Building on Catalyst Endowments, HLF launched Heritage Endowments in 2016 with 15 heritage organisations awarded match-funding grants up to £250,000, £500,000 or £1million are due to complete during 2021. It says the early feedback from these projects and learning from the Catalyst projects will inform itsnext Strategic funding framework, which will be announced towards the end of 2018.
Case Study - The Bowes Museum, Barnard Castle
The Bowes Museum in Barnard Castle, County Durham received £1million towards creating a £2million endowment fund. It will now generate income to support the Museum’s internationally significant collections of fine and decorative arts including its famous Silver Swan, a musical automaton dating from 1773.
As a young charity, new to fundraising, asking people for donations was a relatively new concept for the organisation. Previously the Museum had relied largely upon local authority funding but was aware that it needed to diversify its income streams to protect it from future public sector funding cuts.
The Catalyst Endowment grant enabled the Museum to tap into donors in a way it hadn’t been able to before. As well as HLF offering matched funding, donors were drawn into the concept and also gave to the fund along similar lines. A triple match-funding offer was put in place. So, for every £10 with Gift Aid the Museum raised, one of the Museum’s long-standing donors doubled it to £25, The Friend of The Bowes Museum doubled that to £50, and HLF doubled it in the Endowment. In effect every £10 raised with Gift Aid, became £100 in the Endowment.
Case Study - Painted Hall and Chapel at the Old Royal Naval College
The Painted Hall and Chapel at the Old Royal Naval College, Greenwich received £1million towards creating a £2million endowment fund. It will now generate income to support the conservation and running of these two buildings, designed by Sir Christopher Wren and situated in a UNESCO World Heritage Site.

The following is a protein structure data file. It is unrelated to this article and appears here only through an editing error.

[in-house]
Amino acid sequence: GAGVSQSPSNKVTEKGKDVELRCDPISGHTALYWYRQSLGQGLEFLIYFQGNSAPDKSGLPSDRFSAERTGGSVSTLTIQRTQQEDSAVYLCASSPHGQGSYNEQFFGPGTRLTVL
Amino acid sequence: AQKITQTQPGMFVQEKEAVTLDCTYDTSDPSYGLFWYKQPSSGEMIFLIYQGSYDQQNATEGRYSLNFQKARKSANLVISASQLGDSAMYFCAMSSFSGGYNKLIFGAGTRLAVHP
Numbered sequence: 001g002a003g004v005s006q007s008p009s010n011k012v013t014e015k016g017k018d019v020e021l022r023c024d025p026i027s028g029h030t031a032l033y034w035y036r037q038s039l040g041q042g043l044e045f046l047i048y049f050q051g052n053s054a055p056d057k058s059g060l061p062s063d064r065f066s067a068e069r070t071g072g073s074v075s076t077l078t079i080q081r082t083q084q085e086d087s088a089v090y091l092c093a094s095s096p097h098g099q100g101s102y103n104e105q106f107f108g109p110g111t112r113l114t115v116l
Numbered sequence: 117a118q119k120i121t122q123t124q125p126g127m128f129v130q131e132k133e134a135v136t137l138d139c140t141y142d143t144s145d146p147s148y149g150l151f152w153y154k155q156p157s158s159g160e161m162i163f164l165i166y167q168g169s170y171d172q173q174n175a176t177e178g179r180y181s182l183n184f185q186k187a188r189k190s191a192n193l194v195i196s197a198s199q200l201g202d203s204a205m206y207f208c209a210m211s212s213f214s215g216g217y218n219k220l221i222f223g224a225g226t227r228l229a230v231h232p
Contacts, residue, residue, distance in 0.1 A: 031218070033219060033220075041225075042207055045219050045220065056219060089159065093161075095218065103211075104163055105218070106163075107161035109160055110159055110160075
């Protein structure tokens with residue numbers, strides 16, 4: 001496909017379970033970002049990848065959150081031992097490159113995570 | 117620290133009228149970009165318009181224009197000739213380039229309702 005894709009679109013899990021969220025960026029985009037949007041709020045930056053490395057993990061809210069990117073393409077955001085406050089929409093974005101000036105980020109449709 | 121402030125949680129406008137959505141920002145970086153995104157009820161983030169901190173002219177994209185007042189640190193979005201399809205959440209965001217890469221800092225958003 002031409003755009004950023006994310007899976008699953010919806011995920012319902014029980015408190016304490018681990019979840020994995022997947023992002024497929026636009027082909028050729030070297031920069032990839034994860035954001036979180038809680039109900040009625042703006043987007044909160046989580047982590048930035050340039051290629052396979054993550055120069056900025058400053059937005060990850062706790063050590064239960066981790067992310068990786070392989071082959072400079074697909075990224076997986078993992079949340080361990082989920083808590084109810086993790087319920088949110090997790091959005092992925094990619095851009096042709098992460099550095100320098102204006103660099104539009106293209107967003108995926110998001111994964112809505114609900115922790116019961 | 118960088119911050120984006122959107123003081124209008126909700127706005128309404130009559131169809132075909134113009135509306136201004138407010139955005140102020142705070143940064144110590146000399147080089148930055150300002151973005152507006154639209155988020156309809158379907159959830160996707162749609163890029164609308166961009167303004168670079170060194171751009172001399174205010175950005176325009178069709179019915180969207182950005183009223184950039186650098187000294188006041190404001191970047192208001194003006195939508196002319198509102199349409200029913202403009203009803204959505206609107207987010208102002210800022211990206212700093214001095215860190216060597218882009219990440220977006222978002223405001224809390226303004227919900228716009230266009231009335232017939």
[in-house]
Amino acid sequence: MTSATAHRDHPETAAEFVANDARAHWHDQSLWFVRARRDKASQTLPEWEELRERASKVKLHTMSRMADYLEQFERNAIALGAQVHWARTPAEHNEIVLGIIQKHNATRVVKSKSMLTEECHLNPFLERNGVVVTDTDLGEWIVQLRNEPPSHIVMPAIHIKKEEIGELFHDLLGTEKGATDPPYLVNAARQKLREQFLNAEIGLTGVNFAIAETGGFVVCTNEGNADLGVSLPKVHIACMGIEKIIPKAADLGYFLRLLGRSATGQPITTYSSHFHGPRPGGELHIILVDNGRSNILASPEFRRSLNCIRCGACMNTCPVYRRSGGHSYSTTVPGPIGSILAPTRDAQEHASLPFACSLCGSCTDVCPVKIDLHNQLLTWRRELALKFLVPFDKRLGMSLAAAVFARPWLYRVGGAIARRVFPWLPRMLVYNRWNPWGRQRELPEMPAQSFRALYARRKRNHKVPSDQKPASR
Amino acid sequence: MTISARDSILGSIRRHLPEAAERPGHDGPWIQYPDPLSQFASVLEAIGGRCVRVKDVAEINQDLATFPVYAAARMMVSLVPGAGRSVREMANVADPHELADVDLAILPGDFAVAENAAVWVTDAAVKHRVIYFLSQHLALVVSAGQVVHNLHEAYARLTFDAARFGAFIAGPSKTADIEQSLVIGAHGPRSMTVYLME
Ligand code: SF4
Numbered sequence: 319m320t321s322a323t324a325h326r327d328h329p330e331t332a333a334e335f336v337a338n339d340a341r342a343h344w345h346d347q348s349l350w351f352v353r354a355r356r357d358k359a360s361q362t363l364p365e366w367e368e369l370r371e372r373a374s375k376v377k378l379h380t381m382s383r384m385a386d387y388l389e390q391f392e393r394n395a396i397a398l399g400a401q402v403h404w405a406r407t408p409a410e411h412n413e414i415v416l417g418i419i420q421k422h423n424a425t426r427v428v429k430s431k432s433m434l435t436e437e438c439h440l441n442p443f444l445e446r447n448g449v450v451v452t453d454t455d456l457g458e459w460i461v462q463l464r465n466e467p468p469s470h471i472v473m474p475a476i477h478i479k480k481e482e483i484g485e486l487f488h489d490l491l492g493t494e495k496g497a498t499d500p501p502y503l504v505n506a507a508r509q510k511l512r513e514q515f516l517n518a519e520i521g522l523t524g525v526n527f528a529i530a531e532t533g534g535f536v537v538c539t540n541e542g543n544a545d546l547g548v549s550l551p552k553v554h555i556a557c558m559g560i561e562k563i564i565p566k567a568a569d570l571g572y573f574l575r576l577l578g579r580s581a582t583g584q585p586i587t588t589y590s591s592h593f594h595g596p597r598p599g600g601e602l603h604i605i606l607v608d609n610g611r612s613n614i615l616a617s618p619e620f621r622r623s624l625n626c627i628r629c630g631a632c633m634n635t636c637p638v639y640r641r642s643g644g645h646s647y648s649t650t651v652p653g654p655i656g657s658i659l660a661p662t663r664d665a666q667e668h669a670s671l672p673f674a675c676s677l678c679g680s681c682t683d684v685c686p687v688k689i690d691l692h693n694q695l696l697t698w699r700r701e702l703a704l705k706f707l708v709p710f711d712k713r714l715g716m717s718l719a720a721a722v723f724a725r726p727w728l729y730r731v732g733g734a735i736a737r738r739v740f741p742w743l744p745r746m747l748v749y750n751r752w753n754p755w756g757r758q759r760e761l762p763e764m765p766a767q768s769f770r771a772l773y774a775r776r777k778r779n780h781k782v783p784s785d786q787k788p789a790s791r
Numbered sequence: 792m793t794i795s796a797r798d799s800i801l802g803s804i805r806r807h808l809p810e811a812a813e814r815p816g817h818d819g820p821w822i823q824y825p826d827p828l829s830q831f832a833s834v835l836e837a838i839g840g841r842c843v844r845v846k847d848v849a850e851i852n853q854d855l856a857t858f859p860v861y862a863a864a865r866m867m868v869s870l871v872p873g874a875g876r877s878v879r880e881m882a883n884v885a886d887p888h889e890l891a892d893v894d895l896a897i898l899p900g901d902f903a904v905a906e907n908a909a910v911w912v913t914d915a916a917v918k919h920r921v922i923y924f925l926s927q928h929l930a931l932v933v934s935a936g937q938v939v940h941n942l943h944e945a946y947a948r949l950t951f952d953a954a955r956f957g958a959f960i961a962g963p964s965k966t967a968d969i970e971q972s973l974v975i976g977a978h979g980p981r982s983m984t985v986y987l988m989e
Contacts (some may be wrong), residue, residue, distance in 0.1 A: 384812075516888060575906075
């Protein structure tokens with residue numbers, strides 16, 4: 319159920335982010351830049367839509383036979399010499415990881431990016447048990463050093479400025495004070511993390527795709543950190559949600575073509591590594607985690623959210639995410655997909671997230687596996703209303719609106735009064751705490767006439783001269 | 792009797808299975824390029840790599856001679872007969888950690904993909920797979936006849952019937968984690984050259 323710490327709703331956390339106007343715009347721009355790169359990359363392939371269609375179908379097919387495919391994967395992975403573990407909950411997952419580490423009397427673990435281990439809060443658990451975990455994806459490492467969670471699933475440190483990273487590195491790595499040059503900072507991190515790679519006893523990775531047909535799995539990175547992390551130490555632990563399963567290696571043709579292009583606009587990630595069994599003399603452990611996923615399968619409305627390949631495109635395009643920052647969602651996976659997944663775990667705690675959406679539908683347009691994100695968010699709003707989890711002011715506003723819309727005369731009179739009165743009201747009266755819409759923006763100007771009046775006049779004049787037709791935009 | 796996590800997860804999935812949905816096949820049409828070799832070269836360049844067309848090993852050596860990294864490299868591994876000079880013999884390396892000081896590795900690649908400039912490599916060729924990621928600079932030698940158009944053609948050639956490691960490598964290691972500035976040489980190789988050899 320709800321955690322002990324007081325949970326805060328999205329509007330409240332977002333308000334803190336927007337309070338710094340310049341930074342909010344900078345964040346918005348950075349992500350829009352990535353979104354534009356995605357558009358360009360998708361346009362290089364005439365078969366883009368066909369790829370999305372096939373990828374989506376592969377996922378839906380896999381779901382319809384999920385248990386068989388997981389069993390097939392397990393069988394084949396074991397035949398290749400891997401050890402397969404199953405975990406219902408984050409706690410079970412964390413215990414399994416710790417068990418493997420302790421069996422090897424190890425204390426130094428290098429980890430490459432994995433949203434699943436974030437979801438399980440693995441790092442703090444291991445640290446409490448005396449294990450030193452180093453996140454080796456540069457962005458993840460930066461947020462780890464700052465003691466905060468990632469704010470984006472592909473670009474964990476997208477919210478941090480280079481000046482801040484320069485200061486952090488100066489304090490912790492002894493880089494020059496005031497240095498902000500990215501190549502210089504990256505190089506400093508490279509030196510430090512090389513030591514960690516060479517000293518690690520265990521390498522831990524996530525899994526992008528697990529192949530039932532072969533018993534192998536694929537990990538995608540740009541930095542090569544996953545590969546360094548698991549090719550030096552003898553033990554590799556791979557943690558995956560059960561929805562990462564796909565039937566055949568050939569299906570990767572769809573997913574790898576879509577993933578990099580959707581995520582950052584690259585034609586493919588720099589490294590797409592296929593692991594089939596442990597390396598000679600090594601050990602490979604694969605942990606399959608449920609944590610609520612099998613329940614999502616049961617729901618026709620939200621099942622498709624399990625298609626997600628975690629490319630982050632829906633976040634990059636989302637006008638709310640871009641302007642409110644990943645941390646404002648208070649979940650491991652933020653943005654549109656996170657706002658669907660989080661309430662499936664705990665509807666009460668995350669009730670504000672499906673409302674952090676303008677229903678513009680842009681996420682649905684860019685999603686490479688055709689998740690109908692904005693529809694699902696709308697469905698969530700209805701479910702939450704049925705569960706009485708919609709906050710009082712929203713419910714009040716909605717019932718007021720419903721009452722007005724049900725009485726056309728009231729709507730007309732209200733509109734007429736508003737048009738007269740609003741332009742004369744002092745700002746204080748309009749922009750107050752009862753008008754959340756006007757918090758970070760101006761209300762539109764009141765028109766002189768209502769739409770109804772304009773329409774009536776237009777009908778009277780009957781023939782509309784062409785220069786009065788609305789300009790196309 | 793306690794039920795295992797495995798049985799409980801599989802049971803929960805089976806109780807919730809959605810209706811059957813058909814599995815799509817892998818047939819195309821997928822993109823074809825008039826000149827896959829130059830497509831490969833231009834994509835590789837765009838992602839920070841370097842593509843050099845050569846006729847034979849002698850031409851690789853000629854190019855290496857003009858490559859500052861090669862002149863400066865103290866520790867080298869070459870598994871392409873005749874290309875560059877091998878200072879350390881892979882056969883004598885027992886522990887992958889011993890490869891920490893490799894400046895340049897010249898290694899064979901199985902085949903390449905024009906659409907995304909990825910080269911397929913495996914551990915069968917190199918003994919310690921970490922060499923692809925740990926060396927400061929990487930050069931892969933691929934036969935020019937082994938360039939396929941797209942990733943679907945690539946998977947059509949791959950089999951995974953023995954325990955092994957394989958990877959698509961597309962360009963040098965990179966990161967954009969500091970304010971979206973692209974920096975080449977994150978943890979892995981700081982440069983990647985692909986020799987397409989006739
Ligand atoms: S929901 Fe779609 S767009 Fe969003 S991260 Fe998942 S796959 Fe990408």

Rather than targeting larger donors, the Old Royal Naval College team focussed on donation box fundraising and spent time training and engaging staff in the process of fundraising. It represented a huge cultural shift for the organisation which it has been able to continue.
Future matched funding should be accompanied by a budget for fundraising training and skills development in order to ensure that grantees are well-placed to maximise the opportunity of being able to offer a match.
The HLF could help share learning with grantee organisations, perhaps as part of the networking and learning sessions or as training sessions or self-help guides on a range of topics.
HLF could offer more support to grantee organisations, especially when they are aware that an organisation is struggling to reach its fundraising target. (At present grantees can access funding through the Resilient Heritage programme to review their organisational strategies and plans more broadly, and some grantees have taken advantage of this).
Encouragement to write long-term strategies and business plans beyond the grant period. This could be part of a future grant programme.
Offer more advice to applicants before awarding grants on what an organisation needs to be aware of and have in place before starting fundraising, such as having senior-management buy-in and coping with multiple priorities when the endowment exists alongside other fundraising projects.
Encourage organisations to set-up a legacy scheme so that legacies can be channelled into their endowment during the grant period, and then can be used for either topping-up the endowment or for other projects in the future.
The HLF should share findings from Catalyst: Endowments as widely as possible so that any organisation thinking of starting an endowment, not just to grantee organisations, can benefit from the learning
HLF could also share learning on the value of a matching scheme for organisations starting an endowment without being part of a HLF programme. For example, organisations may wish to engage other donors who understand the purpose of leveraging their contribution in this way as match funders.